To Give or Not To Give
To give or not to give – that is the question.
This is a question I ask myself many times a day, or many days a week, or many times in a lifetime.
Why do I ask myself this question so much?
Growing up in a Third World Country – Honduras (although I hate this categorizing, I put it this way because it’s a way for people of many parts of the world to better understand) you find yourself driving or commuting to work or just anywhere and you’ll be stopped at least 2 or 3 times by strangers, be kids, women, the elderly that are not necessarily homeless but that ask for your help with their current situation, mostly due to poverty. So, after being stopped by many strangers during your day (or night) you start over-thinking the act of giving.
Let me explain:
I was once at the drive-thru of a fast food restaurant in my hometown San Pedro Sula, it was about 7 pm. The most beautiful little girl, I’d say around 7-8 years old approached me and asked me if I wanted to buy some coloring books from her. I said, “Ok, sure. But, why are you out at this time of night selling coloring books when you should be at home? Where are your parents?” The little girl explained that her parents worked at another corner and that she was in charge of taking care of her little brothers while her parents worked nearby and that they would meet when their “shift” ended. I decided to help her out and bought one coloring book. As I was leaving because I had already gotten my food through the drive-thru window, I spotted the little girl running towards the street, where there sat two women. She handed the money to them and then ran back to her “station” at the fast food drive-thru.
This little girl has always been on my mind. How many cases like this do we encounter every day? Why did the parents make this little girl work while they just sat there? How could they exploit their child this way? Didn’t the government do anything about this? Isn’t anyone doing anything about this? Why didn’t I do more? What can I do to help her?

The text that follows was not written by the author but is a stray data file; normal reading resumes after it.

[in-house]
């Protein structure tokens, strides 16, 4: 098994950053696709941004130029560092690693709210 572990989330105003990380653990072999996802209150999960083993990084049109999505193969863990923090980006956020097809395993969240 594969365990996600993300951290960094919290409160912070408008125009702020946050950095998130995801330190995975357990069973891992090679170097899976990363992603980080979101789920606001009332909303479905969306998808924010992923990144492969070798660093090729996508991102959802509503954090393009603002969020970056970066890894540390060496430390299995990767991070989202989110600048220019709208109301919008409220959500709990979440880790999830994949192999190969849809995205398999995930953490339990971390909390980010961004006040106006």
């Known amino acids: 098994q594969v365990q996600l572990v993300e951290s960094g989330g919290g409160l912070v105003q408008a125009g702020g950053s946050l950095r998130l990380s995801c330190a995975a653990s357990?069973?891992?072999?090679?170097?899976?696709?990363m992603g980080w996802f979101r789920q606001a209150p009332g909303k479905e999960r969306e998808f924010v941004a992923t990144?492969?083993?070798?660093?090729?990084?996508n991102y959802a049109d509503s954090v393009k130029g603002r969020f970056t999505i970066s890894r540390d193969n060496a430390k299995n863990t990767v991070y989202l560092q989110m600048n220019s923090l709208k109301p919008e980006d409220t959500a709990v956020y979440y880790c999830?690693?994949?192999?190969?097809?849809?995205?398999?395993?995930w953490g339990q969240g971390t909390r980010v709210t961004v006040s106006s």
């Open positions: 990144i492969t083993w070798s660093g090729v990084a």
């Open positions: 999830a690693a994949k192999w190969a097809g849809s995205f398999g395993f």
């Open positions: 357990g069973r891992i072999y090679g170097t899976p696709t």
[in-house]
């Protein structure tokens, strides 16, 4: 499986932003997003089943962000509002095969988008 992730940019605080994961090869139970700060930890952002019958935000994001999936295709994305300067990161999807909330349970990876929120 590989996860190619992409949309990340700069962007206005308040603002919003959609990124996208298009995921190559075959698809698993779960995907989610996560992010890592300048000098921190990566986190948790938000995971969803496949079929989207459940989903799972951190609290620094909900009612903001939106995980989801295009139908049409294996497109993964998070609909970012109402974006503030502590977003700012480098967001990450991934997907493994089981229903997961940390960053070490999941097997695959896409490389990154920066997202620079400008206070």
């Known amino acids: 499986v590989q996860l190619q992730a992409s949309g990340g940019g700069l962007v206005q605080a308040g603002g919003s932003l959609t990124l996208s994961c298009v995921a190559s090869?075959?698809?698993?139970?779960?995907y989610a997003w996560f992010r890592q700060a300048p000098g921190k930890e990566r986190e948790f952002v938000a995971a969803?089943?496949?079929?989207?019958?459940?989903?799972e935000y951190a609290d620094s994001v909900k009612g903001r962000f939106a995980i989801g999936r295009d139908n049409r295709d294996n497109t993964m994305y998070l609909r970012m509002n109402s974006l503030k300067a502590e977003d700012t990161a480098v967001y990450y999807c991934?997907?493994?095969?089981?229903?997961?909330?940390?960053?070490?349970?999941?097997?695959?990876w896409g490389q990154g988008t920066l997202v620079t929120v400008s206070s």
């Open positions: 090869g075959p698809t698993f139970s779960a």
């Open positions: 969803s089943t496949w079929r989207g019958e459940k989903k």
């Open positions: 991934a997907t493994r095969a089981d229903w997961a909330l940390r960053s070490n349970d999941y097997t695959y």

If you live in a third-world country, or you live in a big city that has strands of poverty, this story is not new to you. You probably encounter situations like this every day. And when you see the injustice, especially with children, you start thinking thoughts like “Why am I going to help this child who is just a slave for her parents?” “I’m not going to give them money, they will use it on alcohol, or drugs or whatever.” “My money isn’t going to solve their problems.” “The government should do something about this.”
Yes, I could have done more for this child. I could have “Stopped and smelled the roses” and given her food, given her my time, given her a hug or even gone the extra mile and meet her parents and try to get jobs for them so that their children wouldn’t have to work. Reporting them to the police could have been an option as well, but in poor countries like Honduras, that would just leave the children to join the system where there is hardly any food, clothing and love. But I didn’t. I was one of the many who are too busy with their lives, cars, phones, jobs, that we forget about the rest of the world or how we could put our time to work for others.
To answer my question then – To Give or Not to Give?
God commands us to give to others. You and I can give to others in many ways. Yes, money is important, but so is love, so is time, so is food.
Hebrews 13:16 “Do not neglect to do good and to share what you have, for such sacrifices are pleasing to God.”
Philippians 2:4 “Let each of you look not only to his own interests, but also to the interests of others.”
My favorite verse is the following:
Matthew 25:35-40 “For I was hungry and you gave me food, I was thirsty and you gave me drink, I was a stranger and you welcomed me, I was naked and you clothed me, I was sick and you visited me, I was in prison and you came to me.’ Then the righteous will answer him, saying, ‘Lord, when did we see you hungry and feed you, or thirsty and give you drink? 38 And when did we see you a stranger and welcome you, or naked and clothe you? And when did we see you sick or in prison and visit you?’ And the King will answer them, ‘Truly, I say to you, as you did it to one of the least of these my brothers, you did it to me.”
This week, let’s follow Jesus’ example in Mathew and try to do the following:
1. Find a hungry/thirsty person and feed him/her.
2. Talk and listen to a stranger. Ask them how their day was but be honestly interested in listening.
3. Donate your lightly used clothing to someone who needs it. Find a person who’s looking for a job and help him/her dress appropriately for the interview. Donate an outfit: suit, shoes, purse, light jewelry. Your help will not only help them physically but boost their self esteem.
4. Visit someone. Visit a friend, your grandmother, a sick person. Visit someone in a hospital who has no family or friends.
5. Visit someone in prison, if you can, and if the law allows you to. If you’re not comfortable doing this, write them a letter. (Some websites that give you tips on writing to inmates: http://www.prisonerlife.com/tips.cfm and http://www.writeaprisoner.com/)
Photo Courtesy of Laprensa.hn
I say YES to give. I work daily on my thoughts to try not to judge why people ask for help, money, food, etc. I’m not wearing their shoes, I don’t know their journey. But I know my journey, and I know it is much better when I give time, love, money, food, etc. We might have more than the person next door.
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